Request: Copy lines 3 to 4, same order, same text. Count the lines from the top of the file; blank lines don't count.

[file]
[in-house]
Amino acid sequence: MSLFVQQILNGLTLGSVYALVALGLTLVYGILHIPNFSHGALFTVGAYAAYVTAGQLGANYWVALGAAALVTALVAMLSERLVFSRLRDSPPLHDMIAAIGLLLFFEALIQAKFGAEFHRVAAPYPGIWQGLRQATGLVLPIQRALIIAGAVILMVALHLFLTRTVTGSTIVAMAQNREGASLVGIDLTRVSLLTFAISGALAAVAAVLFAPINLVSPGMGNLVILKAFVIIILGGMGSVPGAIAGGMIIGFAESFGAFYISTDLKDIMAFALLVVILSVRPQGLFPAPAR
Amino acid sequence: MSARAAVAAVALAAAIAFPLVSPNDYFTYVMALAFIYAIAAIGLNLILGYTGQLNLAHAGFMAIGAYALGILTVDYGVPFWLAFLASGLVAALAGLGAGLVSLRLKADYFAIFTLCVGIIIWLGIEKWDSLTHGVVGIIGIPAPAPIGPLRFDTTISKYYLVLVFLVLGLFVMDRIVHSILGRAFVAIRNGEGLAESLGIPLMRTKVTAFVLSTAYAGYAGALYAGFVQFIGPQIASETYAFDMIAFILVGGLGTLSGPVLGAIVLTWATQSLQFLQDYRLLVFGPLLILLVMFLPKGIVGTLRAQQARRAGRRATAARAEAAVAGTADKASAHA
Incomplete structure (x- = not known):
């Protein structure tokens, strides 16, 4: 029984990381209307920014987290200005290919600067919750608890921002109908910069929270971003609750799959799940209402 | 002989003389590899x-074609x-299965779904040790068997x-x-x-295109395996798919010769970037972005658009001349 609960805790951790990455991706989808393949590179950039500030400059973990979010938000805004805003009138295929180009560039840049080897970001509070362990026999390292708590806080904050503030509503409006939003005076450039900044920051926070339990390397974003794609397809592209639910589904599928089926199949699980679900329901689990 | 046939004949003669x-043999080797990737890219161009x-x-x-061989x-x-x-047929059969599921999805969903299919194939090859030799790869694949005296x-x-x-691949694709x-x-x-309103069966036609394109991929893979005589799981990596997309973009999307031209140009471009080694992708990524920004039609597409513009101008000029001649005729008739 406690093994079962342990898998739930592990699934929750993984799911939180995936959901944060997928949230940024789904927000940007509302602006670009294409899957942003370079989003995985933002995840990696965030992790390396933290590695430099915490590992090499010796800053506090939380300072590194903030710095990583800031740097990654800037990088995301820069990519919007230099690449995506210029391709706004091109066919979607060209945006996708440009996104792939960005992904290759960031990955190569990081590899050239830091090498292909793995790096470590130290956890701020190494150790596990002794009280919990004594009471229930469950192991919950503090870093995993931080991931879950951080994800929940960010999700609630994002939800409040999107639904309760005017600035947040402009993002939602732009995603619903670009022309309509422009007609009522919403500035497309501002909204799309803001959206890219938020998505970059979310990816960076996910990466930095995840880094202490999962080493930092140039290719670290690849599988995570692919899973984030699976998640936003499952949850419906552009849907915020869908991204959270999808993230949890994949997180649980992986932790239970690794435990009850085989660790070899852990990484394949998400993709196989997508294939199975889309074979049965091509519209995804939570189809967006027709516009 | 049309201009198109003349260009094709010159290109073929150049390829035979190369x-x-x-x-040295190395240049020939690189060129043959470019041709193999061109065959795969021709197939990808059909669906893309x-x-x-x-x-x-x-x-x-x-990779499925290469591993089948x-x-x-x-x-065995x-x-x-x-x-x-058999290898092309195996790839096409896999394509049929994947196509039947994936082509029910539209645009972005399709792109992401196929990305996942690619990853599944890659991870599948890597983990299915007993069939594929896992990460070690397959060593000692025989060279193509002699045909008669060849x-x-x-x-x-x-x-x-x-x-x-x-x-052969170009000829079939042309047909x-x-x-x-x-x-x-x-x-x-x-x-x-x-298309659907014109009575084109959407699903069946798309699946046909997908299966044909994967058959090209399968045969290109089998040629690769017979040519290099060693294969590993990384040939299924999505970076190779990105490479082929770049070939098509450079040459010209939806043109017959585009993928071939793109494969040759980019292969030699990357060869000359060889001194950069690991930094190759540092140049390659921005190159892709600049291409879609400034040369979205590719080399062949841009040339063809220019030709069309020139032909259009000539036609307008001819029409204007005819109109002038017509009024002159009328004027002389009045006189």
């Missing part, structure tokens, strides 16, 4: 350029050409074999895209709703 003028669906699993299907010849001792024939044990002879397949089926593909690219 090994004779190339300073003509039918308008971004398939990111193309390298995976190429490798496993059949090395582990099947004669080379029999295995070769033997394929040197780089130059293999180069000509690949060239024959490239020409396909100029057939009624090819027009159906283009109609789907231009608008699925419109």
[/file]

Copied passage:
Amino acid sequence: MSARAAVAAVALAAAIAFPLVSPNDYFTYVMALAFIYAIAAIGLNLILGYTGQLNLAHAGFMAIGAYALGILTVDYGVPFWLAFLASGLVAALAGLGAGLVSLRLKADYFAIFTLCVGIIIWLGIEKWDSLTHGVVGIIGIPAPAPIGPLRFDTTISKYYLVLVFLVLGLFVMDRIVHSILGRAFVAIRNGEGLAESLGIPLMRTKVTAFVLSTAYAGYAGALYAGFVQFIGPQIASETYAFDMIAFILVGGLGTLSGPVLGAIVLTWATQSLQFLQDYRLLVFGPLLILLVMFLPKGIVGTLRAQQARRAGRRATAARAEAAVAGTADKASAHA
Incomplete structure (x- = not known):